• Aug 25th 2009 at 2:00PM
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Tesla Model S in motion - Click above for high-res image gallery

Let's compare: the battery pack in a Tesla Roadster today is 53 kWh. The pack in the Chevy Volt? 16 kWh. The Nissan LEAF? 24 kWh. The Hymotion/A123 kit to make your Prius a plug in car uses a 5 kWh battery. Now, how big might the battery in the highest-range Tesla Model S be?

When Tesla revealed the Model S back in March, they said that the car would be available in three flavors: versions that had ranges of 160, 230 and 300 miles. The standard pack, it was revealed, would be 42 kWh, with "70 kWh and greater battery storage systems optional." Jim Motavalli has now gotten Tesla's chief technical officer, J.B. Straubel, to give a first public estimate of how big the 300-mile pack will be: 85 to 95 kWh.

Motavalli easily found plenty of skeptics willing to criticize a pack this big: it'll be too expensive, take too long to recharge and weigh too much, they said. Straubel's response: we have three years to figure this out, and battery technology advances quickly. Sure, but still, 95 kWh? Yikes.

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[Source: New York Times]

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    • 1 Second Ago
      • 6 Years Ago
      Actually, the story was reported by AutoblogGreen in January:

      AutoblogGreen entry, January 17, 2009

      “The other surprise is a pre-paid battery replacement deal. The current cost of replacing the Roadster battery pack is $30,000! That may be the first time that Tesla has publicly acknowledged the replacement cost of the battery. Owners can now pre-pay for a replacement battery pack at a cost of only $12,000. Tesla has previously said the Roadster pack should last five years, but is now quoting seven years. It’s not clear what kind of condition they expect the battery to be in after seven years. Considering these are laptop cobalt oxide cells and the pack is being cycled through most of its range, odds are it won’t be anywhere near full capacity. If the batteries need replacement before the cost can be driven down, this deal could end up costing Tesla a lot of money.”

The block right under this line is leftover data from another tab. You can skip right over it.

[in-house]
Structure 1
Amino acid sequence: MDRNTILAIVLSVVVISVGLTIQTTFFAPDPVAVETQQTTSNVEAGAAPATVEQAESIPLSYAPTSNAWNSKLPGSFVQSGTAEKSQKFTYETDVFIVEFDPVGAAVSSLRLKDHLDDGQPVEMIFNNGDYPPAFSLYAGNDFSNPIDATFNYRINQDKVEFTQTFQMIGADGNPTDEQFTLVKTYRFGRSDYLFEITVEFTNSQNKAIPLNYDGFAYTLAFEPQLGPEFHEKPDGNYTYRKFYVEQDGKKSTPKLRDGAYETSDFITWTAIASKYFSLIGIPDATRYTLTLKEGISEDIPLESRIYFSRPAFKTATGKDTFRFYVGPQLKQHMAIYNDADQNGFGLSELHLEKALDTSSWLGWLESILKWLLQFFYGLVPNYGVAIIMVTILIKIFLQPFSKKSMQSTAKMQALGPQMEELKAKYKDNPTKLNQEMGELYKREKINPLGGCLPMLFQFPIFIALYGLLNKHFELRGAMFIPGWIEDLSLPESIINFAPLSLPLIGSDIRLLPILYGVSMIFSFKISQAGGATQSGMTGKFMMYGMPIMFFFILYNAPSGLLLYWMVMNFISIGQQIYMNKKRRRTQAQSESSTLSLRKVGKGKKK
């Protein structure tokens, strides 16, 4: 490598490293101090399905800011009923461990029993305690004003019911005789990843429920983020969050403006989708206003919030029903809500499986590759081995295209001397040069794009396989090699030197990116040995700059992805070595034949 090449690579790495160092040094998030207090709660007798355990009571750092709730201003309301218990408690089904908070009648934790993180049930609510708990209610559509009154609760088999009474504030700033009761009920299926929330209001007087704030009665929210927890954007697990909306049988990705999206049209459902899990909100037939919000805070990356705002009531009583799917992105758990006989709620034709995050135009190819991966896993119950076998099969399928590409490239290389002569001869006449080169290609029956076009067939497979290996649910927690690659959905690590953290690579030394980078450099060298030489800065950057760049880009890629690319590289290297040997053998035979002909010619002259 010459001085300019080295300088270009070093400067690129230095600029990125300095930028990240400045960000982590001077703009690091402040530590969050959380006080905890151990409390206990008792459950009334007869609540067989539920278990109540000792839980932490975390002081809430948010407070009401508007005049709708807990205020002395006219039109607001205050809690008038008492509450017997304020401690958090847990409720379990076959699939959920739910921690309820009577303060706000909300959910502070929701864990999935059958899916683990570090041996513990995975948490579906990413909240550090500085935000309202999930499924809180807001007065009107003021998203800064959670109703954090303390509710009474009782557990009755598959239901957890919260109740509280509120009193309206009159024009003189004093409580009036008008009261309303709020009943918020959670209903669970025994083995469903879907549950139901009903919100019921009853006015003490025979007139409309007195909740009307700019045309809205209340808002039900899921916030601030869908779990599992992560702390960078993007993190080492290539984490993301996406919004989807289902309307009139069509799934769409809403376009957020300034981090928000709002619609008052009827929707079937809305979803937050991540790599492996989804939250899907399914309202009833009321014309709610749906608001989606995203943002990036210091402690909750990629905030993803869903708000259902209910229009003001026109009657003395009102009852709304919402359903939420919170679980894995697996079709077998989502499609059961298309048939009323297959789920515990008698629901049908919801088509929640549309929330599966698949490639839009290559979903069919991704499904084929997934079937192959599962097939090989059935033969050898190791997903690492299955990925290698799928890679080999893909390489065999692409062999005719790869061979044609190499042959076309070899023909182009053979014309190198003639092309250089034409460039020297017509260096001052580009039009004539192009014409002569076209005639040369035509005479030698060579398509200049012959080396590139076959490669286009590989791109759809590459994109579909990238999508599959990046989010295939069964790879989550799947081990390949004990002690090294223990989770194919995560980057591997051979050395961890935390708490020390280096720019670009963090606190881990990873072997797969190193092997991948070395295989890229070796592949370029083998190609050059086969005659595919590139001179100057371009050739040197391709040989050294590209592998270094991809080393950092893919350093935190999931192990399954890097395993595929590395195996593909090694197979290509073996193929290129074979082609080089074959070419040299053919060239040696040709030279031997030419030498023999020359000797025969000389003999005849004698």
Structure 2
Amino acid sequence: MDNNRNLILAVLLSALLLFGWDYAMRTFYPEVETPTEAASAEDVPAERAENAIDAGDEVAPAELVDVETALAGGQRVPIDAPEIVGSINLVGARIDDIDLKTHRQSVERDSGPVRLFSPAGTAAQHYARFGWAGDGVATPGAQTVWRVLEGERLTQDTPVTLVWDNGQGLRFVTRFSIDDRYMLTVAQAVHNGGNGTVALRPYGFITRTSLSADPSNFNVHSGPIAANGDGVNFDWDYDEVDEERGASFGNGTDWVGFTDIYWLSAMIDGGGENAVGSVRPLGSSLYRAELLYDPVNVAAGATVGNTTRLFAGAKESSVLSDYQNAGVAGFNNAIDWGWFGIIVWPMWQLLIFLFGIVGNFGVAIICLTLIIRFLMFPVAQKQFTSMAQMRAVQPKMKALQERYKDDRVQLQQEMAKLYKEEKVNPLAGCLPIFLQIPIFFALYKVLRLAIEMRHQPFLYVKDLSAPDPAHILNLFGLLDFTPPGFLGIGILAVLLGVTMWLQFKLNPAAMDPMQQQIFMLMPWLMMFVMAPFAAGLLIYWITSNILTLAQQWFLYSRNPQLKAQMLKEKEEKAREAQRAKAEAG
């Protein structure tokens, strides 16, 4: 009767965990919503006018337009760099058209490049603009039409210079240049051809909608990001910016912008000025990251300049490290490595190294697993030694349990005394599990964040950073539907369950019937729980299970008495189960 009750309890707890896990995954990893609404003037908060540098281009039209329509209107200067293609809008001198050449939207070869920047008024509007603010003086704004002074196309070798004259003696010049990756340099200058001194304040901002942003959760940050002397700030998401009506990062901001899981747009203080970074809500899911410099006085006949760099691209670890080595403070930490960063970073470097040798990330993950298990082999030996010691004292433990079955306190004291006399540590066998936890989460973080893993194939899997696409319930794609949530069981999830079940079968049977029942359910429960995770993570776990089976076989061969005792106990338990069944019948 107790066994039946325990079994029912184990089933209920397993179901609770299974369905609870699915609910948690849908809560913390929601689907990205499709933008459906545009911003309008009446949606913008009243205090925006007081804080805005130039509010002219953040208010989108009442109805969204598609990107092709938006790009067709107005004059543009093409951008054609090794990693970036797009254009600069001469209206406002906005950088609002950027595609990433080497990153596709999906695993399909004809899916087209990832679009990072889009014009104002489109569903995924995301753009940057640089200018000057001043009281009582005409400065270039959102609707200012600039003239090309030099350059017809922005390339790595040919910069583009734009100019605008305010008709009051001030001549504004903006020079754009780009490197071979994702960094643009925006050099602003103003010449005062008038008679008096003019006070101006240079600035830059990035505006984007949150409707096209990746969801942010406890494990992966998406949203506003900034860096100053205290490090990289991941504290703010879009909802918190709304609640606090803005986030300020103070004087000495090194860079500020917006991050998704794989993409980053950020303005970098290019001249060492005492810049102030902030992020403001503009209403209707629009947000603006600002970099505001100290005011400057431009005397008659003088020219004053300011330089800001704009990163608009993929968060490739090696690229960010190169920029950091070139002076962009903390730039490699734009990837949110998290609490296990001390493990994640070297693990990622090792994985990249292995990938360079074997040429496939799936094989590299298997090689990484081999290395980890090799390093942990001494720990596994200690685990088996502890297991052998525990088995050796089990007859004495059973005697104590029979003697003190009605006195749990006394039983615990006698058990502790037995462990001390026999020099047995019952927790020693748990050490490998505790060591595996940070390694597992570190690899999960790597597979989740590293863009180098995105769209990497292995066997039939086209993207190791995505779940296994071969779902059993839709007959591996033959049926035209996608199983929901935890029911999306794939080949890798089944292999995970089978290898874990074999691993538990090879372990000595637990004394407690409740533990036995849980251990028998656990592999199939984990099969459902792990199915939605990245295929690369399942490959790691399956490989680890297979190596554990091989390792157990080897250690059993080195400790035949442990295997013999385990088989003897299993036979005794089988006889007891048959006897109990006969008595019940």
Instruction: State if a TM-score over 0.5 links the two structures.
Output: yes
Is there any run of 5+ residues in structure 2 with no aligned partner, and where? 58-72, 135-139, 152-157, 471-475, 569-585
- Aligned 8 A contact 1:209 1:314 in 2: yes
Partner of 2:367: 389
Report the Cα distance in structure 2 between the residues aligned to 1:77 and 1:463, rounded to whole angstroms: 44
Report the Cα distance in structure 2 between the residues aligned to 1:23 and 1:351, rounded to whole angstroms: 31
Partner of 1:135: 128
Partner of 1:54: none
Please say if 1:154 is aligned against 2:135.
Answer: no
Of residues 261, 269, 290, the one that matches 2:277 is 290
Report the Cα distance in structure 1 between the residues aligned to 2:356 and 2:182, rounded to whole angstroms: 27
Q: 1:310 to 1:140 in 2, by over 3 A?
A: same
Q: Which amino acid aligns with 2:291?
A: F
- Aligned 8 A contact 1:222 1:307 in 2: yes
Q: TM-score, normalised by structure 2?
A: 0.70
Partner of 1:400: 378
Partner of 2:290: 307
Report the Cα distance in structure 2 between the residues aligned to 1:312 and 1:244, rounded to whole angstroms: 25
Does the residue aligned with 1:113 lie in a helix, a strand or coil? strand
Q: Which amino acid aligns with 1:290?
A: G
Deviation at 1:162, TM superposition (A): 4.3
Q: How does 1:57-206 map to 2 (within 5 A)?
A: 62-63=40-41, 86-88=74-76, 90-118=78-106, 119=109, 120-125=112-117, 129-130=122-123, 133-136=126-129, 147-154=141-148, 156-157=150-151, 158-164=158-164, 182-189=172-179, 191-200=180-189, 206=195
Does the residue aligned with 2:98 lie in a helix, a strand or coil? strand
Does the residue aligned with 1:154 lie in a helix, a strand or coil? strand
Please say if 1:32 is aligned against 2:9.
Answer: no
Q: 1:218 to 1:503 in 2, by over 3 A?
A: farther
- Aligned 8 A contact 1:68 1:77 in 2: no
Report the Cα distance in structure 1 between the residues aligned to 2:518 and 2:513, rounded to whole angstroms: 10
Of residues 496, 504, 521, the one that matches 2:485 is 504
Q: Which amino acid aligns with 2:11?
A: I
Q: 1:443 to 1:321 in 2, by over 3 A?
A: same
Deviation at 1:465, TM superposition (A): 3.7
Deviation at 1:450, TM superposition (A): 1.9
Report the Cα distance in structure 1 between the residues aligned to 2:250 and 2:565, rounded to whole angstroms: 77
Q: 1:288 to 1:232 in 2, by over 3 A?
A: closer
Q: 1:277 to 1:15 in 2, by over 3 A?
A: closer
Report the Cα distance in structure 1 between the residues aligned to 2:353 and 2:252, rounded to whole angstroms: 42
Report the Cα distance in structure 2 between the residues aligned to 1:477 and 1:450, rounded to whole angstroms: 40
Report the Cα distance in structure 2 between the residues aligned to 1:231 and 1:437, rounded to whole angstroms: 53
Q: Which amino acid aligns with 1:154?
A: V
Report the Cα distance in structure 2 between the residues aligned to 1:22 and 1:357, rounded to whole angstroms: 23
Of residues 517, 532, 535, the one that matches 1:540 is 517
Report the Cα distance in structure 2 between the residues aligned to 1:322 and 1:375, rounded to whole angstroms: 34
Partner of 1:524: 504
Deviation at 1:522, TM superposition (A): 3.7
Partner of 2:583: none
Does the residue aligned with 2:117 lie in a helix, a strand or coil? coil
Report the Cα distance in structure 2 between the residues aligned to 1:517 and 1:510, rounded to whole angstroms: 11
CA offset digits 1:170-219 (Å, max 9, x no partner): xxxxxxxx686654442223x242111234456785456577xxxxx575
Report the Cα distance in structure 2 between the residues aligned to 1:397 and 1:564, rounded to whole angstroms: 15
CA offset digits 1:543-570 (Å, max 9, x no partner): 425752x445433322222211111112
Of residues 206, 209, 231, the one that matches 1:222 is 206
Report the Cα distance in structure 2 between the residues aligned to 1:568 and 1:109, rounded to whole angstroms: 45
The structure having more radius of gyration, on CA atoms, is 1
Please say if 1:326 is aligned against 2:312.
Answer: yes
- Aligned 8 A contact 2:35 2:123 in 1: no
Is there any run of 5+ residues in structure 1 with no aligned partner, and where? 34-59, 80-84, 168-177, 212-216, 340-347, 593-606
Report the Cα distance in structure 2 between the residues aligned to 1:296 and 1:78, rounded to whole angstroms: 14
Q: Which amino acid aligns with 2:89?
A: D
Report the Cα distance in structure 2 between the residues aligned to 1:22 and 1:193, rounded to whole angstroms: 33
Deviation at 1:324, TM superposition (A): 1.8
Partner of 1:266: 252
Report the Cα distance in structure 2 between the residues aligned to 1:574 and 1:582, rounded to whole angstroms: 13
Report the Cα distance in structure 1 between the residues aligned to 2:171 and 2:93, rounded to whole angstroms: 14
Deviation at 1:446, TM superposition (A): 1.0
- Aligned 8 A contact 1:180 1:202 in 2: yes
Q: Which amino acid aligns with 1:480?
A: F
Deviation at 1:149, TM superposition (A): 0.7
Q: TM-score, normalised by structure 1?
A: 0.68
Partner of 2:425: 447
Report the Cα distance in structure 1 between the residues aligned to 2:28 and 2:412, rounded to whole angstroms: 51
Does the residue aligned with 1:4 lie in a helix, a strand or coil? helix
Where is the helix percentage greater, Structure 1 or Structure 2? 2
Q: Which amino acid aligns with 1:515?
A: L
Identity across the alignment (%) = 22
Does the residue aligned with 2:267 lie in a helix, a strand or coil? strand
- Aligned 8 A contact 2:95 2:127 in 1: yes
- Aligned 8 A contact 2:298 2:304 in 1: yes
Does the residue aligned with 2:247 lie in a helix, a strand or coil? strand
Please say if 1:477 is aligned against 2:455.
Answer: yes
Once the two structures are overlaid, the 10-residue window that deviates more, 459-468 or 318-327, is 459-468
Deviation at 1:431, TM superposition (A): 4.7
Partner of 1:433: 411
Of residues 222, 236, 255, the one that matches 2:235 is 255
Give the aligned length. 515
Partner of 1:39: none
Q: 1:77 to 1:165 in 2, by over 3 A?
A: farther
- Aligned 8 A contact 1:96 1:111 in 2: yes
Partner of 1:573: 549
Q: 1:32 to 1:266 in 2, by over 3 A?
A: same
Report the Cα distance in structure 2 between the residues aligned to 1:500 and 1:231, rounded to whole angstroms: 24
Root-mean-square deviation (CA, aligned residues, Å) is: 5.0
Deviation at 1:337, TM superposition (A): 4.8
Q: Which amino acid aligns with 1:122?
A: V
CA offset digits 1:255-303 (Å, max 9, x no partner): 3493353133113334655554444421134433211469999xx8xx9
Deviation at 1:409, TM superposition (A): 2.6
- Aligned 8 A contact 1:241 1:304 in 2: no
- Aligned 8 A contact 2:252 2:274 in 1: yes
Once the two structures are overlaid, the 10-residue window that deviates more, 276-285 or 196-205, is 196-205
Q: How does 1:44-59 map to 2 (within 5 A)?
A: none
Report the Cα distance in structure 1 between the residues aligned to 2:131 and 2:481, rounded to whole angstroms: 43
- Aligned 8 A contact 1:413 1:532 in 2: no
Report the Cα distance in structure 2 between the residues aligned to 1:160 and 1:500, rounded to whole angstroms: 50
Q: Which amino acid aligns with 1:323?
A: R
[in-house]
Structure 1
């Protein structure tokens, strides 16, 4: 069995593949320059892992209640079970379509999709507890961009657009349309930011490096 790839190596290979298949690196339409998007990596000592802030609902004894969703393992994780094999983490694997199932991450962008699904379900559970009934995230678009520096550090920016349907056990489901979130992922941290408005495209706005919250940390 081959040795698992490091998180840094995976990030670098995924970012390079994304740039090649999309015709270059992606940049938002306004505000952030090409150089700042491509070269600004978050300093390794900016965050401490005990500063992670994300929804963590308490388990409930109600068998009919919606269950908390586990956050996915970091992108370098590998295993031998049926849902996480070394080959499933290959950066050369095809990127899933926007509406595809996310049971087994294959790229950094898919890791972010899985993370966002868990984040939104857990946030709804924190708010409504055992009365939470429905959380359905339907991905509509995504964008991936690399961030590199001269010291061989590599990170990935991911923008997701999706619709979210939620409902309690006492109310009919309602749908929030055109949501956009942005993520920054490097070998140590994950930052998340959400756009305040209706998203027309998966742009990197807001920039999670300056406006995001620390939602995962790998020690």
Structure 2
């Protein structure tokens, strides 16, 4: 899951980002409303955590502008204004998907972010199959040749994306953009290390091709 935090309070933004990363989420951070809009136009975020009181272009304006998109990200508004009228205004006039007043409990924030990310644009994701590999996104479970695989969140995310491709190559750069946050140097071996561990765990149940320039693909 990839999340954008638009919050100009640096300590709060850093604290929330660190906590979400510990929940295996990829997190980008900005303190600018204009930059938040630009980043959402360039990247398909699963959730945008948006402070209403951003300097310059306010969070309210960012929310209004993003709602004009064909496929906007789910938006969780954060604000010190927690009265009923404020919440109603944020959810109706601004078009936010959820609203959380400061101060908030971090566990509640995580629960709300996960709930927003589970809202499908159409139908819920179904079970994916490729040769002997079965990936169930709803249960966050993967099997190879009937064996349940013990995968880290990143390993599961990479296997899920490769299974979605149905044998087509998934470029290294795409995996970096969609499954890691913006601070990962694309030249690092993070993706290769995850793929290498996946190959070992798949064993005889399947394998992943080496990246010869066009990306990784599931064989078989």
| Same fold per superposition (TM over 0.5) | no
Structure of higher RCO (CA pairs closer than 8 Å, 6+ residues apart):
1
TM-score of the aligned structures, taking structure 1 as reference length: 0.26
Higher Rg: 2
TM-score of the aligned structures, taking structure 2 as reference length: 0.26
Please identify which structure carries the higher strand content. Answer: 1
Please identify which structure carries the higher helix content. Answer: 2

Greg Blencoe
      Chief Executive Officer
      Hydrogen Discoveries, Inc.
      • 6 Years Ago
      "Straubel's response: we have three years to figure this out, and battery technology advances quickly."

      Good, I hope they do figure it out. In the mean time, GMs Voltec drive train makes more sense since it's 40-mile range covers the daily trips for 82% of commuters with a pack that's 1/5 the size, weight and cost of the Tesla Model S.

      A FIVE FOLD increase in battery pack size, weight and cost of the Tesla Model S is a LOT just to cover the other 18% of drivers who's daily commute exceeds 40 miles and they will STILL need fast-charging for long trips in excess of 300 miles.
        • 6 Years Ago
        Well Polo,

        I guess we'll just have to wait for 3 years to see where the Model S is priced and what kind of battery pack it comes with. 3 years is a LONG time when you consider how fast battery technology is progressing. In 3 years, the whole world can change.

        The best laid plans of mice and men and yes, we do live in interesting times.